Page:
The highest-performing organisations have a designated change management team that is aligned to, but distinct from, the digital project team. This change team is supported by dedicated resources. Although members of the digital project team are often involved, this distinct group has a mandate to ensure change management is neither an oversight nor something to be cut when resources tightens. The change management team is centrally tasked with designing change management methodologies, as well as developing communications and training plans.
Engaging in workshops with affected teams and one-on-one discussions with senior staff helps to understand how to position the digital solution. It is important for digital procurement leaders to understand these individuals’ motives and the support they require at project milestones.
A quick win is to draw from the strategy of the organisation directly to shape the digital initiative’s objectives. It is far easier for resistant individuals to dismiss what they perceive to be a siloed procurement proposal than a project clearly aligned to the business’s 2025 strategy pillars.
Represent these objectives visually and elevate them to an organisational level to win support. Drawing a line from a business objective such as entering new markets, for example, to procurement leveraging supplier capabilities to develop new intellectual property will help the function develop a powerful case for a digital initiative to support supplier relationship management.
Project teams should look to onboard individuals with change management expertise or at least ensure they have access to such expertise throughout the project life cycle. Increasingly, procurement teams are looking to formal training programmes, which may help drive improvements.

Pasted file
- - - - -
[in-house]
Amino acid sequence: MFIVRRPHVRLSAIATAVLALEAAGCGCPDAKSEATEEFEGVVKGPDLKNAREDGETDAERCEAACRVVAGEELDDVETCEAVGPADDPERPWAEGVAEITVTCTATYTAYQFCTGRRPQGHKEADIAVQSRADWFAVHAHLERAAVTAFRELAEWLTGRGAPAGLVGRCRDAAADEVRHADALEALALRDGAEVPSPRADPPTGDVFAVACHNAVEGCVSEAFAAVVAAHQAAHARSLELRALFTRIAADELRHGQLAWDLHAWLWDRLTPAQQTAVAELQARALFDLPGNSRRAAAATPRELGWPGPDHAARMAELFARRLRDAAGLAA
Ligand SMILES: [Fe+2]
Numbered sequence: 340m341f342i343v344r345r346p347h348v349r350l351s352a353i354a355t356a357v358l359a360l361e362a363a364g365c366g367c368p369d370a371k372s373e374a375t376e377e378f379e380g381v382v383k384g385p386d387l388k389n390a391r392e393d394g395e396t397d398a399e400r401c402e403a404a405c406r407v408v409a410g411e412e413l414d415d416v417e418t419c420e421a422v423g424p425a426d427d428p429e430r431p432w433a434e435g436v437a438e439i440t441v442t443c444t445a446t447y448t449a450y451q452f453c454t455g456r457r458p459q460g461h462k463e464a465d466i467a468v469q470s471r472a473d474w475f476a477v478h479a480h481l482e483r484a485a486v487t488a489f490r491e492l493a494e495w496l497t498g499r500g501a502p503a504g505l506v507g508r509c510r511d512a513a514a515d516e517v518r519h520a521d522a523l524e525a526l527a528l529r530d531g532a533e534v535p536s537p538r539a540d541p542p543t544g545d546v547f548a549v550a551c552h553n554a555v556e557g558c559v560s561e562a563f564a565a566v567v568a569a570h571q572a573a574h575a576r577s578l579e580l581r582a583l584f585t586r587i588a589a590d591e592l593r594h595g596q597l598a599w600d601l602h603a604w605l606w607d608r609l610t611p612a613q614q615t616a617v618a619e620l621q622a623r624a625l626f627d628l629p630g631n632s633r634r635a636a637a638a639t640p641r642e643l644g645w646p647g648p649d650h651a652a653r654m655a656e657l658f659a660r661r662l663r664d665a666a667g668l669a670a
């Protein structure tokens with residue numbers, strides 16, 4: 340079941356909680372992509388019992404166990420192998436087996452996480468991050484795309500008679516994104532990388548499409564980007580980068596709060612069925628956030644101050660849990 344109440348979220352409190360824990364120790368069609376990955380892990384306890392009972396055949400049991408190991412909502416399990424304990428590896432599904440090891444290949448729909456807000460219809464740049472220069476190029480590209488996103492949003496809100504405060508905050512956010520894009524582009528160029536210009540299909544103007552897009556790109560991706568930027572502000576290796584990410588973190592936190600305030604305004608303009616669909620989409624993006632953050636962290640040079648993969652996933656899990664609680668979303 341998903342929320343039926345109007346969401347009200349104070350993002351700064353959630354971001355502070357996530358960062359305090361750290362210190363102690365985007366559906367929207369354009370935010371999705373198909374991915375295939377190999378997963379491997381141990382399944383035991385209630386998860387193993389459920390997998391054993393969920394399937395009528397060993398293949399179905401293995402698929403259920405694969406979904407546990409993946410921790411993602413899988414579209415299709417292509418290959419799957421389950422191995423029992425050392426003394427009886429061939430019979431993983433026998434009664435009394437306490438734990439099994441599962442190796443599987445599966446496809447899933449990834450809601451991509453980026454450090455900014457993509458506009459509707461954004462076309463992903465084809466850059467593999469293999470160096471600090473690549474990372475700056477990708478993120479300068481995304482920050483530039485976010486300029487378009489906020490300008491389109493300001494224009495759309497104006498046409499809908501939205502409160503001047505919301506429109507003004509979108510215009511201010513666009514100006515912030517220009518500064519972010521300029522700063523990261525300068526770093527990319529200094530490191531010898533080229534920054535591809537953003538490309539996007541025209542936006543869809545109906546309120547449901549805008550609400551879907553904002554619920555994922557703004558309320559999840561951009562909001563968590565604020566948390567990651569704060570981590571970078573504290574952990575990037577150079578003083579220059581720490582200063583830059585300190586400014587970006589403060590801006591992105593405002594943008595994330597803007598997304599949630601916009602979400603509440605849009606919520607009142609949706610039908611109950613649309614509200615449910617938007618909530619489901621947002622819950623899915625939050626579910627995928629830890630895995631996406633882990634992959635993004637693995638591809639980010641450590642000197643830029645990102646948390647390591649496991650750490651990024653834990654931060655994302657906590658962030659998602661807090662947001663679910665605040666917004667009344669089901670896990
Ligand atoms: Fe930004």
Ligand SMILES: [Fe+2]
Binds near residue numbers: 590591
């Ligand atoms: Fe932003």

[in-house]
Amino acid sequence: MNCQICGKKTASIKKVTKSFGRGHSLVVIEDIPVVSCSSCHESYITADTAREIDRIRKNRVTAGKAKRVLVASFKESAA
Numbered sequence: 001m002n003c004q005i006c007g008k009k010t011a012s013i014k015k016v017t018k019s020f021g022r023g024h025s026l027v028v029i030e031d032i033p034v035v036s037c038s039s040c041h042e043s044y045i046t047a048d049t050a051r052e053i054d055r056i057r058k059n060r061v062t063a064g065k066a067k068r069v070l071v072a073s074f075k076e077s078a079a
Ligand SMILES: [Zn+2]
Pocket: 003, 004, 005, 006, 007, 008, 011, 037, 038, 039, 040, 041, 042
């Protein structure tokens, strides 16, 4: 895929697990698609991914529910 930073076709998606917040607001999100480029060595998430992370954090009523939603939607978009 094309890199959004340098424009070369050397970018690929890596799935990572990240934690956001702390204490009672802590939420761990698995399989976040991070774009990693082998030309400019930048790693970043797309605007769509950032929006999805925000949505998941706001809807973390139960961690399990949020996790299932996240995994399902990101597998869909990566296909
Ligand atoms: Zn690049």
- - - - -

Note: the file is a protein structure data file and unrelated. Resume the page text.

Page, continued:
From placing the user experience at the heart of vendor selection to using iterative development frameworks that better incorporate feedback, market-leading teams focus on empowering and satisfying users.
If affected groups are aware they are the beneficiaries of deployments – and that the solution is shaped around their needs – project teams will both see reduced opposition to change and the organisation realising greater value from its investments, by encouraging staff to suggest improvements.
Using learning resources to demonstrate the effect of technology on workflows will help ease staff concerns and limit resistance. Bringing in subject-matter experts to explain the limitations of automation and how it will, for example, enable purchasing practioners to focus on more complex, collaborative activities, will drive acceptance.
One organisation Procurement Leaders has spoken to dealt with resistant elements to their robotic process automation project by directly targeting those individuals’ projects and pain points during the initial pilots. This helped the project team turn the most hostile staff into advocates; demonstrating the success of the project’s messaging. Rather than targeting high-opportunity areas, this approach can help minimise opposition to the project.
Over the past few years, there has been a growing awareness that project messaging drawn from early business cases does not enthuse the range of stakeholders digital procurement leaders need to engage. Increasingly, project teams are revisiting the narrow procurement focus of their messaging, which has caused a noticeable shift away from the most heinous crimes – advertising FTE savings to the procurement staff who must invest in the initiative for it to succeed.
Redeveloping our approaches to enthuse and empower these groups is a difficult task. Over the course of this year, Procurement Leaders will release several digital capability development videos as one part of a wide array of content and case studies that will support teams in this much-needed transition.